Home Energy — September October 2015
Alan Meier

Twenty-First-Century Energy Efficiency— with Carbon on Our Minds

After the first oil embargo, in 1973, our nation recognized the need to save energy in a coordinated way. It made sense to designate energy utilities to coordinate energy-saving activities in buildings, because nobody had better access to the customer and to key information about the customer. This led to three decades of utilitymanaged energy conservation programs. Many succeeded. Some did not.

But times change. Today, there’s a new imperative: reducing carbon emissions.

This imperative comes not so much from the utilities and their regulators as from state, federal, and even local initiatives. And utilities are no longer the only entities well positioned to reach customers. Firms like Nest and Solar City arguably collect more data and know more about their customers’ energy use than any utility. Likewise, new programs, such as PACE, do not rely upon utility companies.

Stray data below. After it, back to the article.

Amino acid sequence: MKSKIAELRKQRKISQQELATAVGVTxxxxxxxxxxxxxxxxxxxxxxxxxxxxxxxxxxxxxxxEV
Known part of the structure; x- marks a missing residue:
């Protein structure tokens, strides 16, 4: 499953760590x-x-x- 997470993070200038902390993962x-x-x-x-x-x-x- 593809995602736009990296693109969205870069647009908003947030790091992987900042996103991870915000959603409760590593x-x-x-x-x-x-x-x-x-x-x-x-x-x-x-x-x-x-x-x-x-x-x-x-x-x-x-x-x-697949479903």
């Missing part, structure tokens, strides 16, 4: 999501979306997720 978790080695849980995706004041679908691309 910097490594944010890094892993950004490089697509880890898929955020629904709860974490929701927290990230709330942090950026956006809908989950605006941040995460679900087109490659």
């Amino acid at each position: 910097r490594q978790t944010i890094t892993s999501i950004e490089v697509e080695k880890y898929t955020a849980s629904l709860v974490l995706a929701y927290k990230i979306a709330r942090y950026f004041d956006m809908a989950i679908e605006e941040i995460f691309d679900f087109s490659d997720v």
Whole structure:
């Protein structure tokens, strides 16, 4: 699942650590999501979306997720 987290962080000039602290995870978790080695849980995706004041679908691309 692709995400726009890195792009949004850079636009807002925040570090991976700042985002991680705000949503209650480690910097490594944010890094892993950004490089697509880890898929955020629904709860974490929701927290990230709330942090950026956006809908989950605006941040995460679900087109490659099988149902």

We need new ways to encourage utilities, builders, and consumers—the whole energy delivery and consumption chain—to achieve the ultimate goal: not just to increase efficiency, but to lower total carbon emissions. This means promoting all sorts of actions that were previously off the table. And it means involving players who are not at the table today. This very different approach might also mean offering incentives for smaller homes, promoting urban planning that reduces dependence on fossil-fueled transport, encouraging the construction of a neighborhood swimming pool instead of a swimming pool in each backyard, or even installing PV when saving energy through retrofits is especially difficult. These are controversial examples, but they illustrate the shift from a 20th-century focus on improving the energy efficiency of a single device, to a 21st-century focus on reducing overall carbon emissions.

Is the energy efficiency industry prepared for the low-carbon era? Probably not today, but that isn’t a reason not to get started. This paradigm shift actually creates huge new business opportunities. It rewards wholehome performance rather than just a moreefficient heating system, lightbulb, or heat pump water heater. Measuring progress should become easier, too, because the metric is absolute—savings in whole-house energy consumption, not savings from just one higher-efficiency appliance.

Achieving these 21st-century goals won’t be easy or quick, but it’s time to make those goals more attractive to everybody involved.

Alan Meier, Home Energy’s Senior Executive Editor and Dian Grueneich, Senior Research Scholar with Stanford University’s Precourt Energy Efficiency Center